Hands-on: HP Mini 110
- — 14 July, 2009 13:20
HP's newest netbook is an economy-class version of the company's popular Mini 1000 line. What corners get cut, and is this mini-laptop worth its weight? Read our first impressions.
What do you do when you already have a couple of well-received netbooks? You make another one, of course. And sure as Shadrach, HP is following up on the success of its consumer-friendly Mini 1000 and business-centric Mini 2140 netbooks (not to mention its designer-minded Mini 1000 Vivienne Tam) with the HP Mini 110. We received a unit shortly before the news broke, so we can't offer you a full review yet, but here's a quick take following an afternoon of playing around with HP's newest netbook.
The big difference between the new model and its predecessors is a couple hundred bucks. Available on June 10, the Mini 100 XP (available in "Black Swirl") will sell for US$329, while the 110 Mi edition (Linux-based) starts at $279. Compare those prices with the $549 tag on the Mini 1000 that we reviewed seven months ago.
The hardware hasn't changed much: The Mini 110 carries the same CPU, the same RAM config, the same hard drive, the same awesomely large 92-percent keyboard--even the same crummy mouse button layout that's been driving me bonkers since HP introduced it on the HP Mini 2133. The new model also comes loaded with a three-cell battery--as did the Mini 1000, which lasted only 2 hours, 47 minutes on a charge. (Travelers' advisory: Consider popping an extra 40 bones for the BX06 Mini Battery to pick up a little extra on-the-go gusto.)
What do you gain and what do you lose with this more affordable model? Well, HP swaps out the multimedia dongle port in favor of a built-in VGA port (plus a built-in RJ-45 ethernet jack for good measure). The sweet-looking speaker grille planted inside the 1000's hinge is absent from the 110, replaced by a horrid-sounding speaker mounted beneath the display. That display offers a 10.1-inch-diagonal image with a native resolution of 1024 by 576, and the slick edge-to-edge plastic cover has has vanished in favor of a big plastic bezel that makes the Mini 110 look like the love child of the Mini 1000 and the Acer Aspire One.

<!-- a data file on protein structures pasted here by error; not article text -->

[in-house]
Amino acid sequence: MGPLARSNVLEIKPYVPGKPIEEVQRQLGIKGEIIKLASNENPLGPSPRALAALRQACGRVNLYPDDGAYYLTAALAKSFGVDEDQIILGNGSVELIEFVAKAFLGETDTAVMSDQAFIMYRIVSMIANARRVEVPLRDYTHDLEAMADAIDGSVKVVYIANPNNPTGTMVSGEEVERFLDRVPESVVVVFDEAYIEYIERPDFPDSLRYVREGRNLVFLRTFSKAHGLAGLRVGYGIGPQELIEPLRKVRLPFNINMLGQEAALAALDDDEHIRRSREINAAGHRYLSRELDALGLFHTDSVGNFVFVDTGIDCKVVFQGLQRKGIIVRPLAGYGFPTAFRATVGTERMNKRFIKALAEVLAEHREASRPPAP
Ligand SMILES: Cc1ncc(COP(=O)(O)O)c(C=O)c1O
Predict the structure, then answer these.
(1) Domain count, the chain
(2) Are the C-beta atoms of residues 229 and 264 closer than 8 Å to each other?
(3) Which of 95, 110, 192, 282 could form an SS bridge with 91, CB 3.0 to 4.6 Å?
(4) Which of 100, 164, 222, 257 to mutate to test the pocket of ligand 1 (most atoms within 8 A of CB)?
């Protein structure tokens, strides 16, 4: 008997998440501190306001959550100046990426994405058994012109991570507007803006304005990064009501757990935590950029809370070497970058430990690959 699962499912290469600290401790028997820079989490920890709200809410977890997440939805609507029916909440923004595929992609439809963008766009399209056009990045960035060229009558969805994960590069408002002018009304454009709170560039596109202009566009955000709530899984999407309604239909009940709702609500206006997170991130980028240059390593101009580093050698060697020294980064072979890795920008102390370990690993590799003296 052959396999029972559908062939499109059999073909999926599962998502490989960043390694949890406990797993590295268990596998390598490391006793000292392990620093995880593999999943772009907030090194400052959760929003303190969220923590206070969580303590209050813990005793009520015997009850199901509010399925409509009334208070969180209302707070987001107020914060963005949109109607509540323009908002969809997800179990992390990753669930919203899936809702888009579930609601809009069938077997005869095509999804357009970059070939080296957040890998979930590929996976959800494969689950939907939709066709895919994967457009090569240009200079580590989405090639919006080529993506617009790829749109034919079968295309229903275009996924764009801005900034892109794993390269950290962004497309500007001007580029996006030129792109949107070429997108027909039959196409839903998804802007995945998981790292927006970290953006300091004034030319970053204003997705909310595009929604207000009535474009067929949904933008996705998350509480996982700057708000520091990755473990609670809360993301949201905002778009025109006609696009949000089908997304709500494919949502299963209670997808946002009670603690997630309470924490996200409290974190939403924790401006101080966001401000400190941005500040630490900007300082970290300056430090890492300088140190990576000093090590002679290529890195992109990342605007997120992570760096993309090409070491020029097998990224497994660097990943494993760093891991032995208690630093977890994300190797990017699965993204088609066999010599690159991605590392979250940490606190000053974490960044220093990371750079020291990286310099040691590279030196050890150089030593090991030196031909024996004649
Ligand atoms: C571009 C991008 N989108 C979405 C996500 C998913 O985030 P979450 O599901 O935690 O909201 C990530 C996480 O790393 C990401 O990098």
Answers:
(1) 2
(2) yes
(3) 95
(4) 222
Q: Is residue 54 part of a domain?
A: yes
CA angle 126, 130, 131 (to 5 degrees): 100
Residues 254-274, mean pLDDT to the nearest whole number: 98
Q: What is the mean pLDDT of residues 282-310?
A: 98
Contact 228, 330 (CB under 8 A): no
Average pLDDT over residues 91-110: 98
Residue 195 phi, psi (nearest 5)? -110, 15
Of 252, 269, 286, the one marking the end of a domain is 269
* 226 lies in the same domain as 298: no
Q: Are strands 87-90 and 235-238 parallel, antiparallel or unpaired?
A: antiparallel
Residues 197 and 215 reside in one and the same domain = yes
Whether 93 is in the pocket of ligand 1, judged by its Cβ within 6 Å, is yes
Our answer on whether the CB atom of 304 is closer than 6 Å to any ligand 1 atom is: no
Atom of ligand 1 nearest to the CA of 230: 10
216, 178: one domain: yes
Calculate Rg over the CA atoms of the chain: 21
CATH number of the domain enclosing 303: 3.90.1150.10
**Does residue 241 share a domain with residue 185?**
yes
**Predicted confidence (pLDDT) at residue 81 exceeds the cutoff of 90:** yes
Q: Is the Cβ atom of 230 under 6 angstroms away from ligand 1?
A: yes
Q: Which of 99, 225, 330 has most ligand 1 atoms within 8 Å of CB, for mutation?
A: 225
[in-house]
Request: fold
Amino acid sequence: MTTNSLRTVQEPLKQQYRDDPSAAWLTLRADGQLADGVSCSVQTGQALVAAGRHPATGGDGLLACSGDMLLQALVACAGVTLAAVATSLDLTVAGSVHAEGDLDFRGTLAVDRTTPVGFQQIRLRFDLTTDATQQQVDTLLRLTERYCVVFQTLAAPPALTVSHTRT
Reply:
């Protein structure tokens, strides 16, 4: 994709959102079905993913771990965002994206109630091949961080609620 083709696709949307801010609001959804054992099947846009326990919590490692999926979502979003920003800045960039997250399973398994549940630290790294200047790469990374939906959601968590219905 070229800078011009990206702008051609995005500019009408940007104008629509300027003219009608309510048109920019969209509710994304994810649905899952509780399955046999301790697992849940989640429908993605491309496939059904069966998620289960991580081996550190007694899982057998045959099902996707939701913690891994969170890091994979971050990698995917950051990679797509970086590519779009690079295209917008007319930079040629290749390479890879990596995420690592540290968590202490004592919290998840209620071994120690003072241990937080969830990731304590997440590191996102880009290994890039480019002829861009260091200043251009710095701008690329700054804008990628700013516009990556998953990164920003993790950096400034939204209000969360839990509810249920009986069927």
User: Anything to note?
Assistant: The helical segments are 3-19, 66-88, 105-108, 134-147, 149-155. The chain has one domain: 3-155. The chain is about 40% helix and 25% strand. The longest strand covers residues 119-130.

Upgrade options exist, naturally: 802.11b/g not enough, and you want wireless WAN? Done. Demand this netbook in "White Swirl" or "Pink Chic"? As of July 8, those colors will be available. Feeling cramped? You can slot in a 250GB hard drive and boost the RAM to 2GB.
I also appreciate the Mini 110's software selection, which is slightly more robust than the usual feeble bloatware. For instance, Syncables allows you to sync five PCs on a network. We'll have more to report on the software bundle when our full review of the Mini 110 goes live.
Otherwise, this looks like a slightly thicker, economy-class version of last year's model. The 110 measures 10.3 by 6.6 by 1.2 inches and weighs 2.33 pounds, compared to the Mini 1000's 10.3 by 6.6 by 0.99 inches and 2.25 pounds. And that isn't a bad trade-off for the extras inside the machine--and the lower price.
We have to wait and see how it does on our WorldBench 6 test suite, but it's almost certain to perform on a par with the Mini 1000, which earned a 30 (slightly below the current netbook average of 36). Check back later for a complete review.